Founded by booksellers, for booksellers. When a dealer experiences a crisis, the ABBF steps in.
The bookselling community is, in many ways, like any extended family. There are the favorite aunts and the blowhard uncles and the grandfather who sneaks you a couple of bucks when nobody's looking. There are brothers who haven't spoken for years and sisters who are practically inseparable, who hit the road together every couple of months, just the two of them, and no-one knows exactly where they go or what they do.
There are secret hidden grievances and secret hidden alliances, old scores, fish stories that have been told so many times (with each listener jumping in to correct the teller at every turn) that no-one remembers any more if the stories are true, or merely products of the collective familial fictive memory, tall tales made taller both by the passage of time and by the number of tellers.
The thing about family though, no matter how dysfunctional, is that in times of crisis, blood tends to thicken, at least a little. You might be nursing years of resentment at how your brother (sister, aunt, uncle, cousin, grandma, dad) done you wrong. But when the going gets really tough — either for them or for you — family comes through.
Booksellers are — Well. Prickly sorts. It's one of the reasons booksellers become booksellers. They don't work well for others, by and large. They tend to be, with a very small handful of exceptions, sole proprietors, with at most a small handful of employees.
They tend also to work pretty close to the bone. They care about and believe in the things they sell. They are cheerleaders and proselytizers. But they are sometimes not the most (ahem) adept and sophisticated business people.
But they all got into this game for the same reasons: A love of books. A need to be independent. And a sense of pride in knowing they are doing something Good. Important. Eternal.
(Ask them, and they may deny that last. It sounds a little elitist, a little majestic. But I promise you it is true.)
Which brings me (finally!) to my point.
When something goes wrong for a bookseller — a flood, an illness, a fire — things can get tough, even desperate, very quickly.
Enter the family.
The ABBF, which provides help in times of crisis, is a fund established by booksellers, for booksellers. Member of a professional association or no, when a bookseller is in need, the Benevolent Fund steps in and provides stop-gap assistance. And it does so discreetly, protecting both the identity and the dignity of the beneficiary.
It is truly a remarkable thing. All contributions are voluntary. Most come from booksellers themselves. The Fund represents a generous outpouring, from people who often can ill afford it, to help their colleagues — their family — sometime in the future. Should the unpredictable happen.
Now, you might be forgiven for thinking that booksellers are competitors, that one man's misfortune is another man's opportunity. And, certainly, there is a healthy competitive spirit alive and well amongst booksellers, as anyone who's received the sharp end of an elbow during set-up at a book fair or library sale can attest. And the glow that one bookseller feels when he realizes he's outwitted another (either through specialized knowledge or a sharper eye or a heavier foot on the gas pedal) — well, to be honest, nothing else can compare!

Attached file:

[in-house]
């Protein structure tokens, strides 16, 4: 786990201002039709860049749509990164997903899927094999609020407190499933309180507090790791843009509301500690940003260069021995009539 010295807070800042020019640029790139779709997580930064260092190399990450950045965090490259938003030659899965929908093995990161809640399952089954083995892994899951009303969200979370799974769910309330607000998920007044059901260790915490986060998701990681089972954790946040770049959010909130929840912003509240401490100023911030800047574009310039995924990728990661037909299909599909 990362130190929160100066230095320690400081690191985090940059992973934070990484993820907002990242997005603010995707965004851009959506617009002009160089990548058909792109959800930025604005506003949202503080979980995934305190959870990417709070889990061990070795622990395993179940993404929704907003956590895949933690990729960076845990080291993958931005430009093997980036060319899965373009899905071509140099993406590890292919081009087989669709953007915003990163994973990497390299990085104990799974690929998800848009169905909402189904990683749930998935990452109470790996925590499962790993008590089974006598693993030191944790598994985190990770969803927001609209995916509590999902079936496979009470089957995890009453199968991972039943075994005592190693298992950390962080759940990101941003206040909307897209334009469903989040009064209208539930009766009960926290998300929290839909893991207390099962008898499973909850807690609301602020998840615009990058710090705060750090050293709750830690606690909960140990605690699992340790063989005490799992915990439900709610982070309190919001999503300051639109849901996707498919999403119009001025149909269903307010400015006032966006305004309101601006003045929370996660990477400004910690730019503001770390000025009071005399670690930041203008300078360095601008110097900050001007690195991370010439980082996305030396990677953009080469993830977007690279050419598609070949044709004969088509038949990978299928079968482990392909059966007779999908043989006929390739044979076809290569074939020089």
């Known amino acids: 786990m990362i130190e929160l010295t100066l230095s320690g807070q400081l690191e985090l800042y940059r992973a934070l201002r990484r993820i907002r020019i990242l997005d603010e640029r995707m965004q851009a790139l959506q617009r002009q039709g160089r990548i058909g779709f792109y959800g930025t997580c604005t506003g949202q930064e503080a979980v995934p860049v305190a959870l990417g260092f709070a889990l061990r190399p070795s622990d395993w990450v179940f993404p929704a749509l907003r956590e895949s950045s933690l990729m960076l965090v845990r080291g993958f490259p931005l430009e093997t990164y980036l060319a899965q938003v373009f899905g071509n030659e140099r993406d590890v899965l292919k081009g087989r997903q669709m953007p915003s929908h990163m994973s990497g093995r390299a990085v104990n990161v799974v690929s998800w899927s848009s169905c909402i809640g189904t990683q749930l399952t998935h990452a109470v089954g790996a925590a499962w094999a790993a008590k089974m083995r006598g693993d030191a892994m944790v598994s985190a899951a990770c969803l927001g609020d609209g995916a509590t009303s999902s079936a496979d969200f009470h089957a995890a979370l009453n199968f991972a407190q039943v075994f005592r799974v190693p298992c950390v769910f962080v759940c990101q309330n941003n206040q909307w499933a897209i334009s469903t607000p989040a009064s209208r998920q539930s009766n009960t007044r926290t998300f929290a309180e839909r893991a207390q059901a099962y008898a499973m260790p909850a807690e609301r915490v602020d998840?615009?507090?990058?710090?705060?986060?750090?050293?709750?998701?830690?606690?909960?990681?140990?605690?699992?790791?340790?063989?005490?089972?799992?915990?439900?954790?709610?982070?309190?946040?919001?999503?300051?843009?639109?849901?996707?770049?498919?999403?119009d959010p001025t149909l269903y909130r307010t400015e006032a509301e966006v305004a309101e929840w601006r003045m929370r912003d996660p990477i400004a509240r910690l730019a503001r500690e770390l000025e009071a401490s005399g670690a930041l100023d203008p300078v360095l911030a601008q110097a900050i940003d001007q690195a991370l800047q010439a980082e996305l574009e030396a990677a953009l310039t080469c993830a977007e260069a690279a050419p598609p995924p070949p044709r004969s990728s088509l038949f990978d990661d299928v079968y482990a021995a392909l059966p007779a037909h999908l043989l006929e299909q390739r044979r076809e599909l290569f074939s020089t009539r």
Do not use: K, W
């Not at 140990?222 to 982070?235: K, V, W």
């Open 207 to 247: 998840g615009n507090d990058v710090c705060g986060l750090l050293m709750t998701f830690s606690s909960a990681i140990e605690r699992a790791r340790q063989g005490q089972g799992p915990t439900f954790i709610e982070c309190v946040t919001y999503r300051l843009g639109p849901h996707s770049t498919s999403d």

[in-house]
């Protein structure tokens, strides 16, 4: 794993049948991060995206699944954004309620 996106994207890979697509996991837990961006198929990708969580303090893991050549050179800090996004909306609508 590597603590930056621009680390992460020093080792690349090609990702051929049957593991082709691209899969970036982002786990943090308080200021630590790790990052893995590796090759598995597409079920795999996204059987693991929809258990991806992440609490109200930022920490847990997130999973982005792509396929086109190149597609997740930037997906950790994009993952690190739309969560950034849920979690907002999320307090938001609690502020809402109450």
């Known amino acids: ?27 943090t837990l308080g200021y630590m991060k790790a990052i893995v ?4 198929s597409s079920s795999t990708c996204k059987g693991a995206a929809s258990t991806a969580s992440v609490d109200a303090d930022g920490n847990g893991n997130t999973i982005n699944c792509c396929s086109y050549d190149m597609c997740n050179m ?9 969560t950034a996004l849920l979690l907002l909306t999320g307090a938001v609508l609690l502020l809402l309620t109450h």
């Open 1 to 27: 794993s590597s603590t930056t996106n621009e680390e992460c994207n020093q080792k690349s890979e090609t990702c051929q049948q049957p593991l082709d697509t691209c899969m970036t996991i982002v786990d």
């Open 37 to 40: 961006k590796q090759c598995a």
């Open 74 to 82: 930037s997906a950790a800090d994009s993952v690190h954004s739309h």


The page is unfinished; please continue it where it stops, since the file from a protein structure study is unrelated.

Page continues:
But we are also colleagues, in the fray together. We often buy and sell books or collections together. We dine together and drink together and sometimes even room together, or stay at one another's homes when traveling. We are more than friends. We are family.
Several years ago, a bookseller friend of mine, Elizabeth Svendsen (now of Walkabout Books), in Xenia, Ohio (population 25,000) sold her open antiquarian shop, Blue Jacket Books, to another friend, Lawrence Hammar.
Not long after, a critical water pipe burst, flooding the shop, destroying half the books.
The family swung into action.
Local people, Elizabeth included, came down and dried the place out, helped cart away all the ruined books, and gave moral as well as practical support.
A bookseller on Long Island, Hank Salerno, evangelized, alerting all booksellers near and far that a family member was in need.
Another bookseller, from Michigan, Mark Lambert, with books to spare, rented a truck and drove them to Ohio, where he handed them over, his gift.
IOBA, the Independent Online Booksellers' Association, gathered funds from its members to help Mark pay for the truck, gas, and motels.
And the Benevolent Fund provided cash, enough to keep Lawrence afloat, until he was able to reopen, in a miraculously short several weeks.
The Fund has given comfort to the (actual) families of booksellers who were ill, or dying. It has helped to rebuild bookshops in communities where the bookstore is one of the few public gathering places around. It has helped to pay medical bills, and water bills, and legal bills.
The Antiquarian Booksellers Benevolent Fund is a
If you appreciate your independent bookseller — local or online — I encourage you to contribute. You can do so now by Clicking Here.
Okay. I'm stepping off my soapbox now.
Thanks for listening.